Morbid exercise behaviour and eating disorders: A meta-analysis

Manuel Alcaraz-Ibáñez, Adrian Paterna, Álvaro Sicilia, Mark D. Griffiths

Research output: Indexed journal article Reviewpeer-review

25 Citations (Scopus)


Background and aims: This study examined the relationship between self-reported symptoms of morbid exercise behaviour (MEB) and eating disorders (ED) using meta-analytic techniques. Methods: We systematically searched MEDLINE, PsycINFO, Web of Science, SciELO and Scopus. Random effects models were used to compute pooled effect sizes estimates (r). The robustness of the summarized estimates was examined through sensitivity analyses by removing studies one at a time. Results: Sixty-six studies comprising 135 effect-sizes (N = 21,816) were included. The results revealed: (a) small-sized relationship in the case of bulimic symptoms (r = 0.19), (b) small- (r = 0.28) to medium-sized relationships (r = 0.41) in the case of body/eating concerns, and (c) medium-sized relationships in the case of overall ED symptoms (r = 0.35) and dietary restraint (r = 0.42). Larger effect sizes were observed in the case of overall ED symptoms in clinical, younger, and thinner populations, as well as when employing a continuously-scored instrument for assessing ED or the Compulsive Exercise Test for assessing MEB. Larger effect sizes were also found in female samples when the ED outcome was dietary restraint. Conclusions: The identified gaps in the literature suggest that future research on the topic may benefit from: (a) considering a range of clinical (in terms of diagnosed ED) and non-clinical populations from diverse exercise modalities, (b) addressing a wide range of ED symptomatology, and (c) employing longitudinal designs that clarify the temporal direction of the relationship under consideration.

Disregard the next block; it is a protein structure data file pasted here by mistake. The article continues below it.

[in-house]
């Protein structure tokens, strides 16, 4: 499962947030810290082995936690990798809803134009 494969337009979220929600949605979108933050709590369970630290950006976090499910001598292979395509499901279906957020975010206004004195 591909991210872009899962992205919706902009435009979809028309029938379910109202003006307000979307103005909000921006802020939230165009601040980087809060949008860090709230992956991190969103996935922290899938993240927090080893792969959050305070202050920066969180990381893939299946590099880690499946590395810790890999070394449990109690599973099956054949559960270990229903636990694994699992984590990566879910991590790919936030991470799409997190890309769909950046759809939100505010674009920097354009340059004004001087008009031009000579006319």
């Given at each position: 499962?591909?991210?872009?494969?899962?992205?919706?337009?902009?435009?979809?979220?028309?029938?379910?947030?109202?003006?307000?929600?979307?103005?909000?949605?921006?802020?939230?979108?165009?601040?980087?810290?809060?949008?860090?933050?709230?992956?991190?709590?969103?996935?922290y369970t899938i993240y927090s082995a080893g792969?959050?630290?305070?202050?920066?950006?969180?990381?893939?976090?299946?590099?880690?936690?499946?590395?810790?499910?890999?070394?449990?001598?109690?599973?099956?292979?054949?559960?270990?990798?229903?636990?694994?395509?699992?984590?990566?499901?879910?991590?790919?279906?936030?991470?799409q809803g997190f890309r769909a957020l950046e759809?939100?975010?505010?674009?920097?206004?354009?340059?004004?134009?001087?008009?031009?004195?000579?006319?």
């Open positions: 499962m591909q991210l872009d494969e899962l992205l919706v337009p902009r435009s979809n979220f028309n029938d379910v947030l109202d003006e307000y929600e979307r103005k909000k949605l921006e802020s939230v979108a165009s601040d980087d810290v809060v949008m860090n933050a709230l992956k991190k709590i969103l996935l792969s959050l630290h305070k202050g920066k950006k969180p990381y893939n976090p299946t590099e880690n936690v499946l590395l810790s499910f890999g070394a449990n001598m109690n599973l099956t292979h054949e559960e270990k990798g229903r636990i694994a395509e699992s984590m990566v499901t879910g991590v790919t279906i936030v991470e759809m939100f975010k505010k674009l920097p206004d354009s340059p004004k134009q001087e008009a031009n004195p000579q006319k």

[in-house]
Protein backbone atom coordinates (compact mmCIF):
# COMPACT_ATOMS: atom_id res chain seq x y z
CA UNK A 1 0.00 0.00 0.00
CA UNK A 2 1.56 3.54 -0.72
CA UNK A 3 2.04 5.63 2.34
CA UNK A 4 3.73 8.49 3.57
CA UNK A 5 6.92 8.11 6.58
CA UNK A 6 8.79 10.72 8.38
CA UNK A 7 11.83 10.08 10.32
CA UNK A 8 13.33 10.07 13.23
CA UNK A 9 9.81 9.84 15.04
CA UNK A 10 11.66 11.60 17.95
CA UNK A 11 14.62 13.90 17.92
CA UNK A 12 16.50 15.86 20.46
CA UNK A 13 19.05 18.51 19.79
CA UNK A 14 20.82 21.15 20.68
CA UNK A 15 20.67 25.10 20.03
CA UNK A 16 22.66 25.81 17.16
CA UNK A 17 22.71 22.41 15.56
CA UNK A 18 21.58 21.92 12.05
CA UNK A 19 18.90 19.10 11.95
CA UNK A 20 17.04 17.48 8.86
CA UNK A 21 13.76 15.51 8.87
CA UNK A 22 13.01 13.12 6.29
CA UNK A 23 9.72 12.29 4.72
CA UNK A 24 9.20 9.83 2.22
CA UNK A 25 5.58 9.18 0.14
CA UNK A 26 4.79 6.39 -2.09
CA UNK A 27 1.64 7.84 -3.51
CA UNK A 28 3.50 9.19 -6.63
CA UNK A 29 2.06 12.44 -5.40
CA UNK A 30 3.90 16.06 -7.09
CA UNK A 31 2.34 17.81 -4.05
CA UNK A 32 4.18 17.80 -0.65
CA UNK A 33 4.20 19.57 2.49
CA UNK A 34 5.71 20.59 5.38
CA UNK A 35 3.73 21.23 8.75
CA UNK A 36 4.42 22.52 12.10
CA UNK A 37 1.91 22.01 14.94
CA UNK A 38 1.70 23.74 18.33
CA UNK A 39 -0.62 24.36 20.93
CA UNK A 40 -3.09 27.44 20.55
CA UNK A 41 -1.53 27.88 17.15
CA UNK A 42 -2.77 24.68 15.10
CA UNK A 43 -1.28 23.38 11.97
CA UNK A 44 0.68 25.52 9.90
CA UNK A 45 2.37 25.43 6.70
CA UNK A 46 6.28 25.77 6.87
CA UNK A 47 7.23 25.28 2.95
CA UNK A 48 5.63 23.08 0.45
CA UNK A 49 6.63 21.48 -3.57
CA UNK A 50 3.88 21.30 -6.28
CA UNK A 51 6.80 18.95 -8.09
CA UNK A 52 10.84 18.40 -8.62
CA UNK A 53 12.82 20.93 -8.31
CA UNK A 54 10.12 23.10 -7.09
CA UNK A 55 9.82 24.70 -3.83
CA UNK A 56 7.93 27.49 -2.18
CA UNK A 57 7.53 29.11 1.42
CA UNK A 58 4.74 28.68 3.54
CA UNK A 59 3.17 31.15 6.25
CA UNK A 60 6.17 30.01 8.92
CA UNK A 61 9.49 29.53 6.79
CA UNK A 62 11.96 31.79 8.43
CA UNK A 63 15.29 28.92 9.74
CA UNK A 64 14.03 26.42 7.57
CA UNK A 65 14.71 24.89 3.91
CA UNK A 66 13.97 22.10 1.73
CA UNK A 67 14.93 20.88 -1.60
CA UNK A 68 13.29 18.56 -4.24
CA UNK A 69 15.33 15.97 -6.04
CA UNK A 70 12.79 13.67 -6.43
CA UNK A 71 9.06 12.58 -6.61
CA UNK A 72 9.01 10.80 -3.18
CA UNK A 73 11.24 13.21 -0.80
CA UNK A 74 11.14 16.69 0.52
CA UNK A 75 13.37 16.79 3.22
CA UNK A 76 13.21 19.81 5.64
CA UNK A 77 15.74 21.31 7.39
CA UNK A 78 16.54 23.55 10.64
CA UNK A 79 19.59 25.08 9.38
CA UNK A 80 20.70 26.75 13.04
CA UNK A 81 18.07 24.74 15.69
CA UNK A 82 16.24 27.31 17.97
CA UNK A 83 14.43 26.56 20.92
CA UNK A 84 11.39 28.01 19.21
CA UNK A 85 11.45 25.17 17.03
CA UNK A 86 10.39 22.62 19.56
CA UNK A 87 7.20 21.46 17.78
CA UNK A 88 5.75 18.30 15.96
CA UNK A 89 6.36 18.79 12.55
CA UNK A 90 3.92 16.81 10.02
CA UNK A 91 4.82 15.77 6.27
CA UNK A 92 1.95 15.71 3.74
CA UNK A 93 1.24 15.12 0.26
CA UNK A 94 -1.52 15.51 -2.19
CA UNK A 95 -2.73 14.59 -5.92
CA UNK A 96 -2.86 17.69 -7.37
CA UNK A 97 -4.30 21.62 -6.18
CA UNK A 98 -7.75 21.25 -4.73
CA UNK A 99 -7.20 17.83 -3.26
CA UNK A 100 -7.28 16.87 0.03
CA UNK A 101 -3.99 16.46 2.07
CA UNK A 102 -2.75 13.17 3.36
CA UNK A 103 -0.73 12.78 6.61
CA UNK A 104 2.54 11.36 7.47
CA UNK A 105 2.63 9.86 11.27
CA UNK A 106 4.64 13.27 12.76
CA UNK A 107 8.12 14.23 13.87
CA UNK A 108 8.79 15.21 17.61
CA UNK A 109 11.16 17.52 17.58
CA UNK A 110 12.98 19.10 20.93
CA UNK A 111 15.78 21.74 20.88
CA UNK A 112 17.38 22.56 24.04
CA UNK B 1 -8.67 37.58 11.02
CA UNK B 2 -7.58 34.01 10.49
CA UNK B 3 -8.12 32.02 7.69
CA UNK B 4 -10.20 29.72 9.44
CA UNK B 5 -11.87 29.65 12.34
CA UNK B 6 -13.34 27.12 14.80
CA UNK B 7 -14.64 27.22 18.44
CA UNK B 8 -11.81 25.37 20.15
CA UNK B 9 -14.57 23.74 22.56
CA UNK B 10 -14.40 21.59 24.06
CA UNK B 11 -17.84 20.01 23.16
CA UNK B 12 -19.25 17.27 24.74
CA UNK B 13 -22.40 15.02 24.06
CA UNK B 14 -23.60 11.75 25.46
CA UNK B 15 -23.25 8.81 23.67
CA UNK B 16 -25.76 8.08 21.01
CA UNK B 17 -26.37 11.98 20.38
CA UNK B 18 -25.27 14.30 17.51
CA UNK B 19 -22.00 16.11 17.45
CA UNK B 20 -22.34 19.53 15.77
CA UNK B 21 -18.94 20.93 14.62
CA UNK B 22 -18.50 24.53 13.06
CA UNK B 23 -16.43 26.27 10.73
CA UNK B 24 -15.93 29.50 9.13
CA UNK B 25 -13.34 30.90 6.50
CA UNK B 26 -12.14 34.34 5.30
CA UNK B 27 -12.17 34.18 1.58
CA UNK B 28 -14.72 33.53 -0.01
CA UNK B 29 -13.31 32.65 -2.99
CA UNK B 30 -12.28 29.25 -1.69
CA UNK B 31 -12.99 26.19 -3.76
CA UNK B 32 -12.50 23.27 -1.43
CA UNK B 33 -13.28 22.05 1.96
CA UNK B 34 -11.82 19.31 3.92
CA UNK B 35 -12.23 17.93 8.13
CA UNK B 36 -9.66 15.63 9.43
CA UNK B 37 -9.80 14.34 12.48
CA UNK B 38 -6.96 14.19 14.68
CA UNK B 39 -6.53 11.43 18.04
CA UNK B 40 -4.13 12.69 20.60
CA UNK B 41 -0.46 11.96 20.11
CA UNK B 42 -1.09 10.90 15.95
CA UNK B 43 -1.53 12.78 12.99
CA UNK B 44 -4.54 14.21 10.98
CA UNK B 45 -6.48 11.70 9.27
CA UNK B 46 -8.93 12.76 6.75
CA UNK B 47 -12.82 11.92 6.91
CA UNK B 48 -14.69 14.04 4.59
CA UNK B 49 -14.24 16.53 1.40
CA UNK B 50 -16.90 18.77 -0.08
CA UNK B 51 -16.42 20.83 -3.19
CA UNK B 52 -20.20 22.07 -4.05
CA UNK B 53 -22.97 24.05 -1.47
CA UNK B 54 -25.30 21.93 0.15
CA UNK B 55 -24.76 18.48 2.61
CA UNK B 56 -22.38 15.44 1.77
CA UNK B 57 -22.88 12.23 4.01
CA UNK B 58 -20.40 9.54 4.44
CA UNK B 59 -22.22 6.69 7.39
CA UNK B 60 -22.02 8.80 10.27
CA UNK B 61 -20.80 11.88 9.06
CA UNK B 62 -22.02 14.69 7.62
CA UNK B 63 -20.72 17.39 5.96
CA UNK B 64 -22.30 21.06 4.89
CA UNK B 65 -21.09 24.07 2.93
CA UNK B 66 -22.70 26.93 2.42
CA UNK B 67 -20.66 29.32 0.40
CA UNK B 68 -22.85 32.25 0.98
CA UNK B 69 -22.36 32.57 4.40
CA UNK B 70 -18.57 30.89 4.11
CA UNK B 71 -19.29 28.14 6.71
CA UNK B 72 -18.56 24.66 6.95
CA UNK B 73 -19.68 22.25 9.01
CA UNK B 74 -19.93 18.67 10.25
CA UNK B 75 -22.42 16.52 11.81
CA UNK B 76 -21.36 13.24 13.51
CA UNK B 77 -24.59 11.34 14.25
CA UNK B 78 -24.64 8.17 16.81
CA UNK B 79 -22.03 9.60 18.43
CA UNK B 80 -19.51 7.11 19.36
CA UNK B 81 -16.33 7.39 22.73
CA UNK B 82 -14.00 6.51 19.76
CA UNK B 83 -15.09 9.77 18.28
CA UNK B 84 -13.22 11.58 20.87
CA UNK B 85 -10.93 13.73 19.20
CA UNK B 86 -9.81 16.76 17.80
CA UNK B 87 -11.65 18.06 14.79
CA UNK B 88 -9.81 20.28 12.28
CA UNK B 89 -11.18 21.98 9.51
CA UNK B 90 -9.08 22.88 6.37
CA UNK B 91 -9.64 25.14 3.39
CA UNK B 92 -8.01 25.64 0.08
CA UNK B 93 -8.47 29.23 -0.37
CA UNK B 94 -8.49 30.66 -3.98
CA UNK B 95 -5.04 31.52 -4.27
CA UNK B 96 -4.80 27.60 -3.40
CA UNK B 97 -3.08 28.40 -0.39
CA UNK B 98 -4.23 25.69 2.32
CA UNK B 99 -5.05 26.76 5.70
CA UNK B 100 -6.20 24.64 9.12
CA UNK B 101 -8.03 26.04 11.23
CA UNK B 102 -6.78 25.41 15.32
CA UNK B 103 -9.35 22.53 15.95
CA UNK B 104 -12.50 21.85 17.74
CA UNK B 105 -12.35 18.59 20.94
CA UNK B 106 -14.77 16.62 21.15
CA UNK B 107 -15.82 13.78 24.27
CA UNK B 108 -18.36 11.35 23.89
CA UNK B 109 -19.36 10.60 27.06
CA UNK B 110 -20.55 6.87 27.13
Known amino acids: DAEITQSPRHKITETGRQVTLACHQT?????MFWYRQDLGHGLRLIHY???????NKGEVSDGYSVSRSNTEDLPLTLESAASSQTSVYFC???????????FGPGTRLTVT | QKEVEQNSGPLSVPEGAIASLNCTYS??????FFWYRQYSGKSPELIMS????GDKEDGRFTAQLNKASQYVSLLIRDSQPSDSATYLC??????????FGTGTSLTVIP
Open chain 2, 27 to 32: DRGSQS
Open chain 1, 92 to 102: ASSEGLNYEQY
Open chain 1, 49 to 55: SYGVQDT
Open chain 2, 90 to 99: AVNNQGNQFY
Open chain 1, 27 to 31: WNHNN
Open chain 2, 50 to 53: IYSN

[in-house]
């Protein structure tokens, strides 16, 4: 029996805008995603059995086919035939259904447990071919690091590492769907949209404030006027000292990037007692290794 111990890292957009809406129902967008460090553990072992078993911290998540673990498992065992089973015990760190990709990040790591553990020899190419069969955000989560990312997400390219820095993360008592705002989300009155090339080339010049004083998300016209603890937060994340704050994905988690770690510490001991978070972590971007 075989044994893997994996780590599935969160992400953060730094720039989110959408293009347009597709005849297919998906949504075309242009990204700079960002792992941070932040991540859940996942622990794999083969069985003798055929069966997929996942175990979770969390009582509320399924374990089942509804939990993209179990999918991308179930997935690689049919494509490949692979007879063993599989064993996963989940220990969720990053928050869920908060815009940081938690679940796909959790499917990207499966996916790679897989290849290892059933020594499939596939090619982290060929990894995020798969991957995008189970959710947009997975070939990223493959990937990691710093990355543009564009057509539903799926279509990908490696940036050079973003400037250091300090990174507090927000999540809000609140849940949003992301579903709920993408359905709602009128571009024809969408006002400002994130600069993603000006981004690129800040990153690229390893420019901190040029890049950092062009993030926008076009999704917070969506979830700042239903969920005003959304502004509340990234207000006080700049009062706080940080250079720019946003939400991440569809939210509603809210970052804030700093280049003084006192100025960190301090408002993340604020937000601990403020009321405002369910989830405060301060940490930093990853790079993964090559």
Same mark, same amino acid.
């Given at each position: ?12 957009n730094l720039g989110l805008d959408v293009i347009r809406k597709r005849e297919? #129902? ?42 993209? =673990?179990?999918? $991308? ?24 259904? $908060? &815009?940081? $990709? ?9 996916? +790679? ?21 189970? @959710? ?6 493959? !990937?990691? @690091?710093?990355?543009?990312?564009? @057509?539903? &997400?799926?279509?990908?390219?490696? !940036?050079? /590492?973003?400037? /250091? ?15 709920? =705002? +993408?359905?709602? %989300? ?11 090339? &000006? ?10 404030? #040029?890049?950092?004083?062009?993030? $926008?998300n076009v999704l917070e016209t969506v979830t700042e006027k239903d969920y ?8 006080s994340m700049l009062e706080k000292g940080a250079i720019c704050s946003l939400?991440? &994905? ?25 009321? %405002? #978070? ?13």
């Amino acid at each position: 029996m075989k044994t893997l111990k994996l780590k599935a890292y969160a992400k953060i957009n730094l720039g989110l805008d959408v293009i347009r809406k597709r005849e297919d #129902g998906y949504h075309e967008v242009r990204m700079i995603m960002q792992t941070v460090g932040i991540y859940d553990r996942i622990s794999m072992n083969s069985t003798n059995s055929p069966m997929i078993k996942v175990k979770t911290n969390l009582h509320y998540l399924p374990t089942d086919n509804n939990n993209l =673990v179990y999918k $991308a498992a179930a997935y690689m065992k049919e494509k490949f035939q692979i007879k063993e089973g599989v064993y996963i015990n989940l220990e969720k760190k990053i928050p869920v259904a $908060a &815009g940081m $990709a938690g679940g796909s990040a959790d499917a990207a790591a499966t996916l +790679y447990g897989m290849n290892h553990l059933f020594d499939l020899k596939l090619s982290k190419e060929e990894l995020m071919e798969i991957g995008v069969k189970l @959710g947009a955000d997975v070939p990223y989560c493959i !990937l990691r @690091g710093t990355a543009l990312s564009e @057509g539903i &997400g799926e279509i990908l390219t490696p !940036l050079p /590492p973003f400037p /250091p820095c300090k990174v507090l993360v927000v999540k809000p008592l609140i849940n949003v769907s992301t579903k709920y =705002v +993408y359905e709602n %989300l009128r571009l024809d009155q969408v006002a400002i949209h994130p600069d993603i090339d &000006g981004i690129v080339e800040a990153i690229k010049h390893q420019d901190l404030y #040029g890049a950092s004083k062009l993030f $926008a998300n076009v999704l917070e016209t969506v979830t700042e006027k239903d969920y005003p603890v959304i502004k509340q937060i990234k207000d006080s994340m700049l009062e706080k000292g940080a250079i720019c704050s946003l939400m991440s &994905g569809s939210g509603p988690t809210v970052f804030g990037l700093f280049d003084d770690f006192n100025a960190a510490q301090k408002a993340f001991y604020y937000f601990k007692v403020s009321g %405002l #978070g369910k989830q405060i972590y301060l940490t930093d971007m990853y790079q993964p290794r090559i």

Original languageEnglish
Pages (from-to)206-224
Number of pages19
JournalJournal of Behavioral Addictions
Issue number2
Publication statusPublished - Jun 2020
Externally publishedYes


  • Disordered eating
  • Eating pathology
  • Exercise addiction
  • Exercise dependence
  • Meta-analysis


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